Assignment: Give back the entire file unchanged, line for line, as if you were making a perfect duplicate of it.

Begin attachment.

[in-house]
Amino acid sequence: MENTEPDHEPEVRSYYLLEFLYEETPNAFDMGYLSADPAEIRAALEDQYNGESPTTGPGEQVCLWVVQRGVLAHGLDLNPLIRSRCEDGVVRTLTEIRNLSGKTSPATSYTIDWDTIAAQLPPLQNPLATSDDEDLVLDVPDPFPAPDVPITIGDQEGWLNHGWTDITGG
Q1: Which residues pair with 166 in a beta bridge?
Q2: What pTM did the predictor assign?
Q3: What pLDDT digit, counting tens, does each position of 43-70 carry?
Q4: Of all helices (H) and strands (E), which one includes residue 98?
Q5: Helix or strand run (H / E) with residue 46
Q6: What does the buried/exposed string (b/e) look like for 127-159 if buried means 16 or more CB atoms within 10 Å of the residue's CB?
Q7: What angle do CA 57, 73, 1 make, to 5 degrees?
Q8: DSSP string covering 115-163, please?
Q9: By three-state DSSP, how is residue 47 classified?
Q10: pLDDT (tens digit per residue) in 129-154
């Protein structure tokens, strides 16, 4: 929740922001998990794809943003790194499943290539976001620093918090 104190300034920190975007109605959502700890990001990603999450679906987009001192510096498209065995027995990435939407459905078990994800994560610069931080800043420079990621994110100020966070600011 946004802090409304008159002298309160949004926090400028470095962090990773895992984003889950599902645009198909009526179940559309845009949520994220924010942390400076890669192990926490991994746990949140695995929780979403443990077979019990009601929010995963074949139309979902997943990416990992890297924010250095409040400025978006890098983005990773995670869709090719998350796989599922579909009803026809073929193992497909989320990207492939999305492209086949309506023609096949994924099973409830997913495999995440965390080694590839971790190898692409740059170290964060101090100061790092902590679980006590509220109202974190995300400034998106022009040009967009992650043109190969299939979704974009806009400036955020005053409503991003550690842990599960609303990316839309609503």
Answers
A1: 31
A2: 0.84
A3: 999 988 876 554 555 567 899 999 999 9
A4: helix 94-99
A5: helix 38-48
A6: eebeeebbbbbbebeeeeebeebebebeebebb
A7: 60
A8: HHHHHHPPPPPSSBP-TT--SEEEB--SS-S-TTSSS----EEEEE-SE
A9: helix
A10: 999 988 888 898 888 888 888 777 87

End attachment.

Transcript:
[in-house]
Amino acid sequence: MENTEPDHEPEVRSYYLLEFLYEETPNAFDMGYLSADPAEIRAALEDQYNGESPTTGPGEQVCLWVVQRGVLAHGLDLNPLIRSRCEDGVVRTLTEIRNLSGKTSPATSYTIDWDTIAAQLPPLQNPLATSDDEDLVLDVPDPFPAPDVPITIGDQEGWLNHGWTDITGG
Q1: Which residues pair with 166 in a beta bridge?
Q2: What pTM did the predictor assign?
Q3: What pLDDT digit, counting tens, does each position of 43-70 carry?
Q4: Of all helices (H) and strands (E), which one includes residue 98?
Q5: Helix or strand run (H / E) with residue 46
Q6: What does the buried/exposed string (b/e) look like for 127-159 if buried means 16 or more CB atoms within 10 Å of the residue's CB?
Q7: What angle do CA 57, 73, 1 make, to 5 degrees?
Q8: DSSP string covering 115-163, please?
Q9: By three-state DSSP, how is residue 47 classified?
Q10: pLDDT (tens digit per residue) in 129-154
């Protein structure tokens, strides 16, 4: 929740922001998990794809943003790194499943290539976001620093918090 104190300034920190975007109605959502700890990001990603999450679906987009001192510096498209065995027995990435939407459905078990994800994560610069931080800043420079990621994110100020966070600011 946004802090409304008159002298309160949004926090400028470095962090990773895992984003889950599902645009198909009526179940559309845009949520994220924010942390400076890669192990926490991994746990949140695995929780979403443990077979019990009601929010995963074949139309979902997943990416990992890297924010250095409040400025978006890098983005990773995670869709090719998350796989599922579909009803026809073929193992497909989320990207492939999305492209086949309506023609096949994924099973409830997913495999995440965390080694590839971790190898692409740059170290964060101090100061790092902590679980006590509220109202974190995300400034998106022009040009967009992650043109190969299939979704974009806009400036955020005053409503991003550690842990599960609303990316839309609503």
Answers
A1: 31
A2: 0.84
A3: 999 988 876 554 555 567 899 999 999 9
A4: helix 94-99
A5: helix 38-48
A6: eebeeebbbbbbebeeeeebeebebebeebebb
A7: 60
A8: HHHHHHPPPPPSSBP-TT--SEEEB--SS-S-TTSSS----EEEEE-SE
A9: helix
A10: 999 988 888 898 888 888 888 777 87